Prisons to tackle literacy problems
The education of prisoners is to be given a boost through a
multi million package to provide basic adult classes in jails.
Half of all prisoners have the reading skills of a child of 11
or younger, rendering them virtually unemployable, and creating a
vicious circle that encourages them to return to crime when they
Research has shown that re-offending could be slashed by 12 per
cent if every prisoner had some form of education.
The new investment will be announced this week at a conference
on prison education in Birmingham this week.
Source:- The Observer Sunday 12 May page 12
Schools report rise in number of younger pupils with
There is an alarming increase in the number of children
displaying symptoms of autism, according to teachers.
A survey by the National Autistic Society suggests that 124,000
school children in England and Wales have educational difficulties
associated with autism or Asperger’s syndrome.
The new report, published today will fuel concerns about the
link between the combined MMR vaccination and autism.
Source:- The Sunday Telegraph Sunday 12 May page 6
Refugees face life at a foot and mouth dump
Three “villages” for asylum seekers are to be built where
thousands of foot and mouth carcasses were buried.
One village will be built at Throckmorton airfield in
Worcestershire, and two others will be erected at RAF Newton in
Nottinghamshire, and on Ministry of Defence land in
More than 130,000 animal carcasses were dumped at
The rural location of all three sites will disappoint refugee
campaigners that hoped sites would be chosen near cities to enable
asylum seekers access to legal aid and other facilities and
Source:- The Independent on Sunday 12 May page
Diane Pretty dies in hospice: she’s free at last,
The woman who lost a battle two weeks ago to allow her to commit
suicide, has died, her family announced last night.
Mother of two Diane Pretty, who suffered from motor neurone
disease, started to experience breathing difficulties 10 days
Her husband Brian who was at her bedside at a hospice near her
home in Luton said she was “free at last”.
Pretty fought a test legal challenge in recent months through
the British courts to the House of Lords, and then to the European
court of human rights so her husband could help her to kill
She wanted the courts to grant her husband immunity from
prosecution because to assist with suicide is a crime punishable
with up to 14 years’ jail.
The director of public prosecutions said he could not sanction a
crime to be committed and the courts upheld his decision.
Source:- The Times Monday 13 May page 3
End asylum soft touch says Hain
Europe minister Peter Hain called for a Europe-wide asylum
policy to tackle the “soft touch” of southern Mediterranean
Hain said that “some southern Mediterranean countries” do not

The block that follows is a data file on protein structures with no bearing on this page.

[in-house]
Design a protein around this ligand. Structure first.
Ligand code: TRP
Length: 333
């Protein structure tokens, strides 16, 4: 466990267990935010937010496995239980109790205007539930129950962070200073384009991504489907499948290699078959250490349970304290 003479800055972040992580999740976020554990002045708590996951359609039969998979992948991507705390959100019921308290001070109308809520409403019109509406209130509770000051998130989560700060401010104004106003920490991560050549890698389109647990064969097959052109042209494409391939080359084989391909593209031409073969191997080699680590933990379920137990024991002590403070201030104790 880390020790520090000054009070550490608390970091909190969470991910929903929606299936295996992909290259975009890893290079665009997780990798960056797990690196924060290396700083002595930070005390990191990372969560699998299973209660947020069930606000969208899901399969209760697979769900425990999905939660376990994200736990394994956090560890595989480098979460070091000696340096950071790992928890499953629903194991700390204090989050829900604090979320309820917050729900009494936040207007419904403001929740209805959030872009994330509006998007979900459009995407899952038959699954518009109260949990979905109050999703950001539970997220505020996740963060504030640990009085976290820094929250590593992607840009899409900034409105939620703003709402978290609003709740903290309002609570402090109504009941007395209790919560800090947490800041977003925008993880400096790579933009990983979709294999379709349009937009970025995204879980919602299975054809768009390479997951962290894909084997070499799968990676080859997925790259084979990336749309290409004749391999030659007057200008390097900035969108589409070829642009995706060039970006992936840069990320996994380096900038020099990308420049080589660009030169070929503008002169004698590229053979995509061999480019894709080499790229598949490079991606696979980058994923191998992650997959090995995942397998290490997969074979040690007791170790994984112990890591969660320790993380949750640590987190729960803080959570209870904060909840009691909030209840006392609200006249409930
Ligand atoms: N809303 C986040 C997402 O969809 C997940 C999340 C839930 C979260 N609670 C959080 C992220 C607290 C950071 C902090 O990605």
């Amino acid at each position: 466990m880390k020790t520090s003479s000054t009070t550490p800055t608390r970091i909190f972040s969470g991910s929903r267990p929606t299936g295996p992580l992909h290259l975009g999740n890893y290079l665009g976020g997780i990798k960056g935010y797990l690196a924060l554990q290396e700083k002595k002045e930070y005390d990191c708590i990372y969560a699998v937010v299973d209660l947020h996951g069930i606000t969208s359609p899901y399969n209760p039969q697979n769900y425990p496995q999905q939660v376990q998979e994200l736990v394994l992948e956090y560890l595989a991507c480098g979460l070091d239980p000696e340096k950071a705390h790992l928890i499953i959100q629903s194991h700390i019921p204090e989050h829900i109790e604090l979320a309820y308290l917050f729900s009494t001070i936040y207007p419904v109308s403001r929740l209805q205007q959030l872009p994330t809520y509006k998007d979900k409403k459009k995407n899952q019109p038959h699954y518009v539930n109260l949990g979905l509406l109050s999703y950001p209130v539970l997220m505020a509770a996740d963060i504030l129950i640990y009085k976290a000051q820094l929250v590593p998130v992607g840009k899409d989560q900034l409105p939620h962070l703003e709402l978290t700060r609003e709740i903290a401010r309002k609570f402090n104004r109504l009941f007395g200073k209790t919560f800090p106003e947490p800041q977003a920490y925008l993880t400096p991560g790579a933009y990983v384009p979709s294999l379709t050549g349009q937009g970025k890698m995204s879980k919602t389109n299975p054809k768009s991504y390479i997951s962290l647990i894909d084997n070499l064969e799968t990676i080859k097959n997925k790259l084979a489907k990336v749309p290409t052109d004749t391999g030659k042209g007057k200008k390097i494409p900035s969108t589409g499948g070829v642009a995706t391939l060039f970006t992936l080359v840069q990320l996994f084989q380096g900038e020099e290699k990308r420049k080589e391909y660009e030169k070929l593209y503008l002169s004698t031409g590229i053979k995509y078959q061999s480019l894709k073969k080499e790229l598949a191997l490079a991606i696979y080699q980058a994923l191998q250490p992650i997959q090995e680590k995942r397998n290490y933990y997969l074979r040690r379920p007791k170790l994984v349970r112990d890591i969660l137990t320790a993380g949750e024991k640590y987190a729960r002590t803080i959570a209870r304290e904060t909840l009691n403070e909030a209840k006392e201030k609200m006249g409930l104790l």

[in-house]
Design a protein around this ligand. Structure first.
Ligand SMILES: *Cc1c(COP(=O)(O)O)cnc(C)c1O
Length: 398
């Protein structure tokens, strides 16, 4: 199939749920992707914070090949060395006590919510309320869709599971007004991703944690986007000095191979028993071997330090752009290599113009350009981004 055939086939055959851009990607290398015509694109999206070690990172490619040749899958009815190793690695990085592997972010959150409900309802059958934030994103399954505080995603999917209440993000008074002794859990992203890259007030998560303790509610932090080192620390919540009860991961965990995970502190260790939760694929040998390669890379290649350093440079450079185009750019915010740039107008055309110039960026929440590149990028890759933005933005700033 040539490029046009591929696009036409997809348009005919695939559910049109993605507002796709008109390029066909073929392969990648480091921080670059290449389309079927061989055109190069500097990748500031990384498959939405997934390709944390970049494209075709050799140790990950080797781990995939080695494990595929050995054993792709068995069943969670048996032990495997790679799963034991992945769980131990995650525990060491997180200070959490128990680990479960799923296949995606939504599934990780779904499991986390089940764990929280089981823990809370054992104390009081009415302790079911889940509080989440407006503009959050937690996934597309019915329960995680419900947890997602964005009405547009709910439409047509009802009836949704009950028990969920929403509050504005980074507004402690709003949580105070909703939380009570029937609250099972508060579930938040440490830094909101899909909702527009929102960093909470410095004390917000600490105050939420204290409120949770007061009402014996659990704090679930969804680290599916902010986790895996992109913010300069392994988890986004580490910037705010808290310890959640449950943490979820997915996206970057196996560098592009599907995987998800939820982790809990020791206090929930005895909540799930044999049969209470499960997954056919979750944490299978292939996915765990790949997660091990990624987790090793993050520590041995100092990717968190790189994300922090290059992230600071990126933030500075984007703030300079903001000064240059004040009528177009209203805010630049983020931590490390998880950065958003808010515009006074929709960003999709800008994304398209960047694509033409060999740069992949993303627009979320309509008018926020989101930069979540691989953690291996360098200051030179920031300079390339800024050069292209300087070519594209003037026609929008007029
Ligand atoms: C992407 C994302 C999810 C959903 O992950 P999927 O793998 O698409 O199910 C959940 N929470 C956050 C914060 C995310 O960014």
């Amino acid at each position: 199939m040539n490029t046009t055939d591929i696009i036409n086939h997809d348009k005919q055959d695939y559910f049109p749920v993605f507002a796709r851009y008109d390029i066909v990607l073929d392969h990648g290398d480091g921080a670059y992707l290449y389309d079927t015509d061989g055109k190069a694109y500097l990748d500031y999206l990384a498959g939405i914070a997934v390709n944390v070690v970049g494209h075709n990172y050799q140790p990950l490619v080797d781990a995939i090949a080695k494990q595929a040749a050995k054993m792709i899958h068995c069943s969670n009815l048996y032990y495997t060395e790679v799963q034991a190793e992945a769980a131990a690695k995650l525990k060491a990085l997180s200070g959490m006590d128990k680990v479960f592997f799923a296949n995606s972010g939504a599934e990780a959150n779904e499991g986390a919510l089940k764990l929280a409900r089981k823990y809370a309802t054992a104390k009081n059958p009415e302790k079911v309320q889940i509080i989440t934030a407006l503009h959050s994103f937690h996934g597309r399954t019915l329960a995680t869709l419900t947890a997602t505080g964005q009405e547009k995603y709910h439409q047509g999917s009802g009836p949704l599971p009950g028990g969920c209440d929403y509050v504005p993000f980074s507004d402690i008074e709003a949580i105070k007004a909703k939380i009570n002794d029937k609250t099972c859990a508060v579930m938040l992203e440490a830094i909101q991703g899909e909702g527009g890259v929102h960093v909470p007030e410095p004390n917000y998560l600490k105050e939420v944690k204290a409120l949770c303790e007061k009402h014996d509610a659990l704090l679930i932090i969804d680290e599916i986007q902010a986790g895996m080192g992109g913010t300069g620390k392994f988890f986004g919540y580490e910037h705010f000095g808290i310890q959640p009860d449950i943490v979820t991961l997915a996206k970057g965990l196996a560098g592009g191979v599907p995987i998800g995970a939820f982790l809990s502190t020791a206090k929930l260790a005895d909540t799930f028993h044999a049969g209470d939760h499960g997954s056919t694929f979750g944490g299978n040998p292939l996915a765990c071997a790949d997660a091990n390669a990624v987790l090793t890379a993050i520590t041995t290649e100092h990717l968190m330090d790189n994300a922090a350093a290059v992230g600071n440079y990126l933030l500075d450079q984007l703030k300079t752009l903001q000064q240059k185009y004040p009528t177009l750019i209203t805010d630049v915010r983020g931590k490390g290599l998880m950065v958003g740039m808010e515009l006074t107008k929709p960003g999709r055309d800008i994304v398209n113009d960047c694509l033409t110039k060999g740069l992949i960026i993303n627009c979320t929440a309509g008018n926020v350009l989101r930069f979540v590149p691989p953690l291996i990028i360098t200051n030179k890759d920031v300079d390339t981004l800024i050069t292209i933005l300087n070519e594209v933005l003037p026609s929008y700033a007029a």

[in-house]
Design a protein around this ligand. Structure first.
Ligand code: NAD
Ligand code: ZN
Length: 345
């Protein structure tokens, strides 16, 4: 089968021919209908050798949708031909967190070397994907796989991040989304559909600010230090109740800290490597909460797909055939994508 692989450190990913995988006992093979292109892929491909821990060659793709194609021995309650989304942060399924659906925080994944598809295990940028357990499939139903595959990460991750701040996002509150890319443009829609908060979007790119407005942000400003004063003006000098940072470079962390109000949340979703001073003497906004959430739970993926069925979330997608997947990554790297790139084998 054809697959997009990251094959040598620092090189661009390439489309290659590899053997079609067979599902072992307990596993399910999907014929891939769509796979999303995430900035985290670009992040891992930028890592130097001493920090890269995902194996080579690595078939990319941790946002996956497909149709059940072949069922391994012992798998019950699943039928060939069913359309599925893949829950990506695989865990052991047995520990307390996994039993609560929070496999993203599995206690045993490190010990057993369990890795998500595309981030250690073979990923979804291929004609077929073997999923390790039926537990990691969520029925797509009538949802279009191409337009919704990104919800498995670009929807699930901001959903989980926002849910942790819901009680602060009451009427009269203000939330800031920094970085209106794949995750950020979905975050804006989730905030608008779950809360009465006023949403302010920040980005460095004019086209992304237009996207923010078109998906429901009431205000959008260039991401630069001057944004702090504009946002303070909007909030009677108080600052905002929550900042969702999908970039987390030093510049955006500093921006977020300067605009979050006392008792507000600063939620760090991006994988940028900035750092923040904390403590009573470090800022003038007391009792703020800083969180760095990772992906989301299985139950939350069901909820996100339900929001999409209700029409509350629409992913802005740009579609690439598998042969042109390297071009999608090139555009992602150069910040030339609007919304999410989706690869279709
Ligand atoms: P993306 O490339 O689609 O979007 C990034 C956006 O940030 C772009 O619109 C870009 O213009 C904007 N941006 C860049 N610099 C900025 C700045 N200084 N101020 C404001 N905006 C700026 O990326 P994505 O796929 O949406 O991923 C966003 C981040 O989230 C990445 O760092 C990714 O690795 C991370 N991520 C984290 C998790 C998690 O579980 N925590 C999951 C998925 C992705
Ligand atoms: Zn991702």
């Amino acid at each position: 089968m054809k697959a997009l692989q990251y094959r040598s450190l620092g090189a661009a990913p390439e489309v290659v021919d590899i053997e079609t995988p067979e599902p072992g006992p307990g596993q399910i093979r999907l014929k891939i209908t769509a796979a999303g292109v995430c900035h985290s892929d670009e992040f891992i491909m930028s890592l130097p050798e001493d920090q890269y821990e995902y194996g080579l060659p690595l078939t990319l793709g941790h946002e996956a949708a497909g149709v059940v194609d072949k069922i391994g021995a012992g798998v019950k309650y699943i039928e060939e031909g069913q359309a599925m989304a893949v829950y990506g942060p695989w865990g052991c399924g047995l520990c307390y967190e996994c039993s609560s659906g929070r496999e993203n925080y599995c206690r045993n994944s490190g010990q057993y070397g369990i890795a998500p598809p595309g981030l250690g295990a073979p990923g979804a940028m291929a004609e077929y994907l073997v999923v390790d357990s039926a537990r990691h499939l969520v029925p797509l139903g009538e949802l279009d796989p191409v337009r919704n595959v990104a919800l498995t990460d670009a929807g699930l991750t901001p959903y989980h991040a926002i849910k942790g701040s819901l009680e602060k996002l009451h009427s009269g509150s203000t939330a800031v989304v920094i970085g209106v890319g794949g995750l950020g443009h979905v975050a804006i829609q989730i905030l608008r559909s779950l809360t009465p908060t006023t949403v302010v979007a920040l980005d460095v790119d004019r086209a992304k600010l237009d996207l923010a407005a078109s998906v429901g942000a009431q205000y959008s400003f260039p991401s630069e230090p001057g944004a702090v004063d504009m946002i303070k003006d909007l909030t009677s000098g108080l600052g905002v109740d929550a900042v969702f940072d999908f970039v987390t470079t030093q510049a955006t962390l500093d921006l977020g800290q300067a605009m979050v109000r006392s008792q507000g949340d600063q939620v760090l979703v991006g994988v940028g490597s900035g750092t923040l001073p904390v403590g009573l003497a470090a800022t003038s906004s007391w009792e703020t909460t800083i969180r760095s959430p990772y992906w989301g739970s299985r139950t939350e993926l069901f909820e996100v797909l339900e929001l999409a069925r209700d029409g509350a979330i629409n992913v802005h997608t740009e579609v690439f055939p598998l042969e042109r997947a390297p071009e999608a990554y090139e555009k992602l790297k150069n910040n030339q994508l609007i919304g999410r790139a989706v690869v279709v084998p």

process asylum seekers in the same way as Britain.
He described the problem of the refugee camp at Sangatte, near
Calais in France, as “intolerable”, urging the French government to
be more pro-active on the issue.
There should be a crackdown on trafficking migrants, he said,
plus “the same admission procedure at every point of entry, the
same holding arrangements, the same reception arrangements
Source:- The Guardian Monday 13 May page 1
Door open for short-term immigrants
David Blunkett is to announce a new scheme to enable unskilled
and semi-skilled economic migrants to come to Britain legally to
fill labour shortages in key areas of the economy.
But the two new short-term casual labour schemes will not carry
the right to settle in Britain or to bring families.
They are to be accompanied by a complete overhaul of the working
holidaymakers scheme, under which 40,000 Australian, New Zealand
and South African young people come to Britain each year for up to
The decision to open up routes to legal migration came as
figures showed that 183,000 more people migrated to Britain in 2000
Source:- The Guardian Monday 13 May page 6
Thirteen-hour trek to see doctor
Welsh patients suffering from chronic fatigue syndrome (ME) have
to travel to the other side of England for treatment.
There are around 25,000 people with ME in Wales, but only 11
specialist neurologists to treat them, and some patients have to
travel as far as Durham to get help. Sufferers from the condition
say that it is generally misunderstood, and that services for
children are even worse than those for adults.
Michelle Penny, a 17-year-old from Cardiff makes a 13-hour round
trip to Durham every six months for a one-hour consultation with Dr
Nigel Speight, one of Britain’s leading experts. He was a key
contributor to a report by the chief medical officer in England,
earlier this year, which officially recognised the condition as one
that required support from health and social workers.
Source:- Western Mail Monday 13 May page 1
Couple forced to sell their farm after racist
A racist campaign has made life on a hill farm in west Wales a
nightmare for a farmer and his Welsh-born mixed race wife.
Monty and Sue Lodge have sold all the stock on their 300-acre
farm near Llandovery, in Carmarthenshire, and plan to move as soon
as possible. They have received three racist letters, a death
threat and have suffered a sabotage attack over the last three
Now the couple have decided that they no longer want to stay in
the area, and Sue Lodge has written to the first minister in the
Welsh assembly, Rhodri Morgan, protesting against racism.
Monty Lodge has lived and worked in the area for the last 15
years. He said that they were being forced to move because the
effect on their lives had been devastating.
Source:- Western Mail Monday 13 May page 3